I had met Albino a few years before he came to Friuli. They had
sent me to Venice to organise the participation of some Venetians
at an exhibition to be held in Gradisca, between 1951 and 1954.
On the door of the bar The Artists Place, in Campo
St. Barnaba there was a blond guy, dressed in white. He was smiling
behind a cloud of bluish smoke. Albino was an affirmed painter,
he lived in an important city like Venice and he sold paintings
in America. Nonetheless he offered the unknown and embarrassed
young man a welcome that was both kind and grandiose: foreign
cigarettes and strange coloured drinks that he had never seen
Vedova, Santomaso and Pizzinato played scopone (a kind of card
game) at the Salute, so did Sergi on the Rio Nuovo, so did Renzini
at the Malcanton Foundation, so did Borsato, Barbaro and Schulz
at Palazzo Carminati, as did Pontini in Terà, and Morandis,
Bacci and Gaspari at the Fenice Tavern with Giudi who did not
know how to unmatch. We went from one studio to another, collecting
paintings for that exhibition in the country. Bepi Longos
face was ruined by a merciless illness. Dont get upset
said Albino, even for him, poor thing, doesnt even
We met ten years later in Friuli. Neorealism was over and
we no longer painted ugly pictures, at least, not those ones.
There was no longer talk of Contents, but of Operations. But Albino
went around on his little scooter between Buia and Tarcento, he
stopped under the tree outside the inn and talked with the old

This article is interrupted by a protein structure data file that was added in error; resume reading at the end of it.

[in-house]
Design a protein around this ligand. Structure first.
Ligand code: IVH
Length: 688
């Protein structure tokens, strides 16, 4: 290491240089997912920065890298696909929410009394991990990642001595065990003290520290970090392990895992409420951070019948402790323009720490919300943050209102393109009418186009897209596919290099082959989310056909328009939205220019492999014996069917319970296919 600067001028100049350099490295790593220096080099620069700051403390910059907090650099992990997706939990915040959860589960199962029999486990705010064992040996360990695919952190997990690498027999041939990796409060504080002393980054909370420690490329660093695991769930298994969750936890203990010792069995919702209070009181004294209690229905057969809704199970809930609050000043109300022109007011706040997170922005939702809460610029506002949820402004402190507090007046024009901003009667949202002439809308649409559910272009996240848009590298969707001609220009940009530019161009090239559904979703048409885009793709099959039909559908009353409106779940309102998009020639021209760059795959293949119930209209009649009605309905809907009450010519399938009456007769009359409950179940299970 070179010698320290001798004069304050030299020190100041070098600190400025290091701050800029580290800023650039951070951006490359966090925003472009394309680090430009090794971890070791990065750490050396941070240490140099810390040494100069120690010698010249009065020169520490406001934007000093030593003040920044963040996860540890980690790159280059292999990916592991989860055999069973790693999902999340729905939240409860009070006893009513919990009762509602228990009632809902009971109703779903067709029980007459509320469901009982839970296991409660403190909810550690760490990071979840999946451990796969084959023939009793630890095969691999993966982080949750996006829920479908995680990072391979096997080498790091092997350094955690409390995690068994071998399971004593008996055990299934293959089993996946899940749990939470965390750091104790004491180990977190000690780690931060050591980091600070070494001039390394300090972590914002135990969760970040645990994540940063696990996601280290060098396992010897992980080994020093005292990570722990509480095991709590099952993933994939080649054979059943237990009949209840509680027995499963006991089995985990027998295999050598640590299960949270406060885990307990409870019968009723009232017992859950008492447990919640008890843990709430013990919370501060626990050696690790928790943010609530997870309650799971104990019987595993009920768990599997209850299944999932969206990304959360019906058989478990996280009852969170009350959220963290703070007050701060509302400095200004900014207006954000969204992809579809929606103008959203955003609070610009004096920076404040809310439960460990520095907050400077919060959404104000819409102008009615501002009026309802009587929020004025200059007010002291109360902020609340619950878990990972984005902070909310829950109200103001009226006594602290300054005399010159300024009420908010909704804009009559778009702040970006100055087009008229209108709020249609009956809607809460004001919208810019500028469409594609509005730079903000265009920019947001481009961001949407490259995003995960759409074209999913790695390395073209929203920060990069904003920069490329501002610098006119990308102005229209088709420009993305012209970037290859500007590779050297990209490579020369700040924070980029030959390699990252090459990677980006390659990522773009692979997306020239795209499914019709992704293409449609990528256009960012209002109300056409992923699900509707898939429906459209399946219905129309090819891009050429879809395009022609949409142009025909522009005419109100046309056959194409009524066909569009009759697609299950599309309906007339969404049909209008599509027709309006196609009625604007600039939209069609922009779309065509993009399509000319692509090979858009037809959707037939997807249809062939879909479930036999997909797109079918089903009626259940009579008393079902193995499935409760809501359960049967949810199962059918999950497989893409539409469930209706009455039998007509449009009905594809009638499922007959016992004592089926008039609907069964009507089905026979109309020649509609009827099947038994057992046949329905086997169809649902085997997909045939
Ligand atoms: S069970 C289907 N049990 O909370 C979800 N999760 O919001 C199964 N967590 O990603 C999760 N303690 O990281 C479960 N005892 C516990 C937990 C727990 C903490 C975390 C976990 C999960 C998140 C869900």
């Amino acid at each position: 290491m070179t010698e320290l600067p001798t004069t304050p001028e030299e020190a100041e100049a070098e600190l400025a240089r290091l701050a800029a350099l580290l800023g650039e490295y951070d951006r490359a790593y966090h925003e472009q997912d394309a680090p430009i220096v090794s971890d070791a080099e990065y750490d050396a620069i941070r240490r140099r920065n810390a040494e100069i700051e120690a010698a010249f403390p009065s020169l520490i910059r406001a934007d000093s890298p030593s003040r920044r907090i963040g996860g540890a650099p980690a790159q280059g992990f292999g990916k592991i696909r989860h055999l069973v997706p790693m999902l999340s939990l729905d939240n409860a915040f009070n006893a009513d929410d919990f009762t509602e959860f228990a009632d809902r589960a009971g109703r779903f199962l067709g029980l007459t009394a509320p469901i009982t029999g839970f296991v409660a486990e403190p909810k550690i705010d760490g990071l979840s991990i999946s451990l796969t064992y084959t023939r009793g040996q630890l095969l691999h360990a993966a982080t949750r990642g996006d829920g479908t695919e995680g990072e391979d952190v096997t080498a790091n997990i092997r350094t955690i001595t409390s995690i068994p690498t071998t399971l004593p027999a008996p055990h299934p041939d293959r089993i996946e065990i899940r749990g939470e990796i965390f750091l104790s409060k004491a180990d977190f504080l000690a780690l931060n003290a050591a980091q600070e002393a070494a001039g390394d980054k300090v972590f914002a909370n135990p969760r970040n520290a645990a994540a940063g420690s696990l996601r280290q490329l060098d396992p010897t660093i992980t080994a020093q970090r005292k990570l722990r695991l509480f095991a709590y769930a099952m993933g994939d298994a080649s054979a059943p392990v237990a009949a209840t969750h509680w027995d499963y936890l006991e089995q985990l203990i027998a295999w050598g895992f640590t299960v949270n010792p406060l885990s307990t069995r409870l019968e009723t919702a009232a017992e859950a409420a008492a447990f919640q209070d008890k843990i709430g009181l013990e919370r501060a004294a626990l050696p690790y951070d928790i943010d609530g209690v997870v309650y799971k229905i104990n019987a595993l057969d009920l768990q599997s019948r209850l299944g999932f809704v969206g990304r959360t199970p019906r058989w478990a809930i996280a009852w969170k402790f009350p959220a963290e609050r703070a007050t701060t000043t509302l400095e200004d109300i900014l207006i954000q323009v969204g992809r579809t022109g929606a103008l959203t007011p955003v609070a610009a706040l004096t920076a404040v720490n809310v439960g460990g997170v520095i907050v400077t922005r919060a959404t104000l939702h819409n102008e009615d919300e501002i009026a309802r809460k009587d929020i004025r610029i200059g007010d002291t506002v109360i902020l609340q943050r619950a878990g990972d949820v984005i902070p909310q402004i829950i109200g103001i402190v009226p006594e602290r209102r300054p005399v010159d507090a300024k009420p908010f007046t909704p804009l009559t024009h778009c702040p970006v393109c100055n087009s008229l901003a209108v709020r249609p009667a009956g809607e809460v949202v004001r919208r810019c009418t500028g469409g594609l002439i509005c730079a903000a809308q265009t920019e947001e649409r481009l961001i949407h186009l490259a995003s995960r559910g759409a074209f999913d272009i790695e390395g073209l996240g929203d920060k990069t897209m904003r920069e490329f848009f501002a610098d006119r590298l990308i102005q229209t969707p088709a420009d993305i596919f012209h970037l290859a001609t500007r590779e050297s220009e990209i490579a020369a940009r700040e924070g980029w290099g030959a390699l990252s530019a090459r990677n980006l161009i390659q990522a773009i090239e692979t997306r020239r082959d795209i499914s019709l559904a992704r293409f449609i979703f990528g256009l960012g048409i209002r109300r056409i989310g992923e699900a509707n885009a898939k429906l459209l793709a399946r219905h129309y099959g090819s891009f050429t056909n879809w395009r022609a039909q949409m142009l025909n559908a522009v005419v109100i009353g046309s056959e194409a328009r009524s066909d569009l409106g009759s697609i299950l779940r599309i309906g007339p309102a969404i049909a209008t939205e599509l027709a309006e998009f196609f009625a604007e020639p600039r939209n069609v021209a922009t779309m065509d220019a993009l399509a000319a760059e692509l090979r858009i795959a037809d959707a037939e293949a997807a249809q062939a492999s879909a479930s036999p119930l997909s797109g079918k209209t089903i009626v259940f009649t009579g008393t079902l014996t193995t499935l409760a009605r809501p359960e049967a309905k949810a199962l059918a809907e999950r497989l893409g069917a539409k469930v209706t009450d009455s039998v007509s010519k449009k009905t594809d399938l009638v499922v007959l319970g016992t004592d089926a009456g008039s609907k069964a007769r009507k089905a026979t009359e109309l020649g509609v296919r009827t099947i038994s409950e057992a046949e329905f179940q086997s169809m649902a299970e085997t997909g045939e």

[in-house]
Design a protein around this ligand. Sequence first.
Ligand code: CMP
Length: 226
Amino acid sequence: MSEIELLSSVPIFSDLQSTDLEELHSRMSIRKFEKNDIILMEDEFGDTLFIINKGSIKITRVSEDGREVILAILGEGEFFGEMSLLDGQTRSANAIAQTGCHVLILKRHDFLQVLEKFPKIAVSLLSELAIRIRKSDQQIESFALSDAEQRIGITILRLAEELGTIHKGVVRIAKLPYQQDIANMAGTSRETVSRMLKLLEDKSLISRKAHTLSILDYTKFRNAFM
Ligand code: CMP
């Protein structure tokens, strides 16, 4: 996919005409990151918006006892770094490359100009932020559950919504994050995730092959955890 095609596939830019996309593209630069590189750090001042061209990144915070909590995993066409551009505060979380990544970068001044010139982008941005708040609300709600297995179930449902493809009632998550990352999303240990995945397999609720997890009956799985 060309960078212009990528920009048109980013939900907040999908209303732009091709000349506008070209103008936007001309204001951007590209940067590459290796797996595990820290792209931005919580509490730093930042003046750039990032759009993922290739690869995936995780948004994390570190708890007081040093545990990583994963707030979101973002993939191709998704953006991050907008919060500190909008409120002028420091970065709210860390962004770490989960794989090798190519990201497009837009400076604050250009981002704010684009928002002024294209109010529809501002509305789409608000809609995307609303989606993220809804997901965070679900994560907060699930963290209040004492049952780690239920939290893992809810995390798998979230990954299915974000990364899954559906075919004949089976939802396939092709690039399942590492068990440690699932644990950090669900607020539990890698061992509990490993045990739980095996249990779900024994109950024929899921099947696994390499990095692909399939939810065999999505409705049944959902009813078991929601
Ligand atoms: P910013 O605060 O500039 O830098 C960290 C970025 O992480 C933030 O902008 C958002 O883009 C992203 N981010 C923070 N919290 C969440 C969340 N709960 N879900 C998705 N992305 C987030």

woman. And in the meanwhile he watched the river, the white stones,
the sky, the hills, the fields, the trees, the mountains, the
sun. He drew from them symbols of force, happiness and insuperable
We did not talk very much about our work, more about many other
things, we joked, I argued with Giselda. What was there to talk
about? If in a painting you see someone that you have already
met in the street as it is getting dusk when it is bad weather,
or the tree that lent out its branches as you passed by in train,
or a sleeping hill (the usual clichés), then whats
there to talk about?
Four or five friends, who lived and painted very differently,
but who shared a similar way of considering this profession. In
brief, we had remained behind.
For me Albino was above all someone who came from Venice, and
who brought from that city, together with the air of a great gentleman,
the certainties of one who had grown up in the shadow of the Frari.
Sometimes, in front of a painting that I wanted to throw away,
it was enough for Albino to say youre mad.
He also used to say youre mad (Ti xe mato) to
me for another reason, for my recurring desire to organise the
artists. We had met for the first time for an exhibition supported
by the money of workers in the Isonzo area, and we had not strayed
far from those reasons. The public institution as a counterpart
to an artists union, a purchaser that would substitute,
at least partially, the collecting by the rich. His irony and
my obstinacy did little to hide our discomfort. But our
world is schizoid, dear friends.
One of Albinos characteristics was that his attention was
always drawn to genuine, even if modest, people (poarin)
poor thing. On the other hand, to certain very intelligent
people he made disconcerting and scathing remarks. Once I regretted
not knowing how to understand the art of Veronese, shocking a
collegue. Albino first descredited the Veronese and then the collegue.
Later outside, walking quickly as was habit, holding a cigarette,
he talked of the canvases of St. Sebastian as if he had painted
them himself and smiled, happy of his paradoxes. This was so,
as about paintings you could say what you wanted to, as words
had little to do with it anyway.
translated by Rebecca N. Kay
From the catalogue of the 20 years of painting exhibition,
held at the Museum of Modern Art, Udine, 1988